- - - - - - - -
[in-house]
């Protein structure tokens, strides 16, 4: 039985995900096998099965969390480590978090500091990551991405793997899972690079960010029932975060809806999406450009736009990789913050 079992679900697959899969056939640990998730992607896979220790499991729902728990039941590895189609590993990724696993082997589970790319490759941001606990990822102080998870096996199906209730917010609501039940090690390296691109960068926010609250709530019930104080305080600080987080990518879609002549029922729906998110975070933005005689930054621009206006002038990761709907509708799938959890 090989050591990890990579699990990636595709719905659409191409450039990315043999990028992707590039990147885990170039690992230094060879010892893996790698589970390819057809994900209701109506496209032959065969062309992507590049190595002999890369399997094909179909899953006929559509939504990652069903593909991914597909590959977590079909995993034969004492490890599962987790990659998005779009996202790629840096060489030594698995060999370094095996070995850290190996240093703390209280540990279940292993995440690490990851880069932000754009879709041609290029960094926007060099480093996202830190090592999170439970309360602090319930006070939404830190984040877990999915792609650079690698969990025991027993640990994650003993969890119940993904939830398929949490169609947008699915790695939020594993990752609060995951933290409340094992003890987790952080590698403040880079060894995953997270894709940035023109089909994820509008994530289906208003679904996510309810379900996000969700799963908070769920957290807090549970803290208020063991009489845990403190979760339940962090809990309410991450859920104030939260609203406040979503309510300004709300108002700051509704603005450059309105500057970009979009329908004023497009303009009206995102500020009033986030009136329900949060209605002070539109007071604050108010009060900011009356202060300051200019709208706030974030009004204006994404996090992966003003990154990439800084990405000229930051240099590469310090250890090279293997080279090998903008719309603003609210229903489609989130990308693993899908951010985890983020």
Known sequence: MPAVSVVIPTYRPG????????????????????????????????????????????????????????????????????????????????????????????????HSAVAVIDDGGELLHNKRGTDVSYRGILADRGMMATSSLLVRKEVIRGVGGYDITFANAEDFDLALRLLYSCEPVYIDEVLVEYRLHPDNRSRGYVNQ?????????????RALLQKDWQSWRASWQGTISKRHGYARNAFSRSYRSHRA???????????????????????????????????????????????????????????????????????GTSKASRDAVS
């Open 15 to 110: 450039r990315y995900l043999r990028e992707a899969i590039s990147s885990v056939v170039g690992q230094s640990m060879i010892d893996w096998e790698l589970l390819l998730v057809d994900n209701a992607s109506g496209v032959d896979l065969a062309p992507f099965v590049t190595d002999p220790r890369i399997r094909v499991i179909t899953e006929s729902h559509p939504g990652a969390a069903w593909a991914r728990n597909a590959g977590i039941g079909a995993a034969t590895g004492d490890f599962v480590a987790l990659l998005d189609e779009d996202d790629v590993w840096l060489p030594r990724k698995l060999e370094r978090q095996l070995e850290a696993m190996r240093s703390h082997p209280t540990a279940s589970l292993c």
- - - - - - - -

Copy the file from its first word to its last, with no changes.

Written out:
[in-house]
């Protein structure tokens, strides 16, 4: 039985995900096998099965969390480590978090500091990551991405793997899972690079960010029932975060809806999406450009736009990789913050 079992679900697959899969056939640990998730992607896979220790499991729902728990039941590895189609590993990724696993082997589970790319490759941001606990990822102080998870096996199906209730917010609501039940090690390296691109960068926010609250709530019930104080305080600080987080990518879609002549029922729906998110975070933005005689930054621009206006002038990761709907509708799938959890 090989050591990890990579699990990636595709719905659409191409450039990315043999990028992707590039990147885990170039690992230094060879010892893996790698589970390819057809994900209701109506496209032959065969062309992507590049190595002999890369399997094909179909899953006929559509939504990652069903593909991914597909590959977590079909995993034969004492490890599962987790990659998005779009996202790629840096060489030594698995060999370094095996070995850290190996240093703390209280540990279940292993995440690490990851880069932000754009879709041609290029960094926007060099480093996202830190090592999170439970309360602090319930006070939404830190984040877990999915792609650079690698969990025991027993640990994650003993969890119940993904939830398929949490169609947008699915790695939020594993990752609060995951933290409340094992003890987790952080590698403040880079060894995953997270894709940035023109089909994820509008994530289906208003679904996510309810379900996000969700799963908070769920957290807090549970803290208020063991009489845990403190979760339940962090809990309410991450859920104030939260609203406040979503309510300004709300108002700051509704603005450059309105500057970009979009329908004023497009303009009206995102500020009033986030009136329900949060209605002070539109007071604050108010009060900011009356202060300051200019709208706030974030009004204006994404996090992966003003990154990439800084990405000229930051240099590469310090250890090279293997080279090998903008719309603003609210229903489609989130990308693993899908951010985890983020």
Known sequence: MPAVSVVIPTYRPG????????????????????????????????????????????????????????????????????????????????????????????????HSAVAVIDDGGELLHNKRGTDVSYRGILADRGMMATSSLLVRKEVIRGVGGYDITFANAEDFDLALRLLYSCEPVYIDEVLVEYRLHPDNRSRGYVNQ?????????????RALLQKDWQSWRASWQGTISKRHGYARNAFSRSYRSHRA???????????????????????????????????????????????????????????????????????GTSKASRDAVS
């Open 15 to 110: 450039r990315y995900l043999r990028e992707a899969i590039s990147s885990v056939v170039g690992q230094s640990m060879i010892d893996w096998e790698l589970l390819l998730v057809d994900n209701a992607s109506g496209v032959d896979l065969a062309p992507f099965v590049t190595d002999p220790r890369i399997r094909v499991i179909t899953e006929s729902h559509p939504g990652a969390a069903w593909a991914r728990n597909a590959g977590i039941g079909a995993a034969t590895g004492d490890f599962v480590a987790l990659l998005d189609e779009d996202d790629v590993w840096l060489p030594r990724k698995l060999e370094r978090q095996l070995e850290a696993m190996r240093s703390h082997p209280t540990a279940s589970l292993c």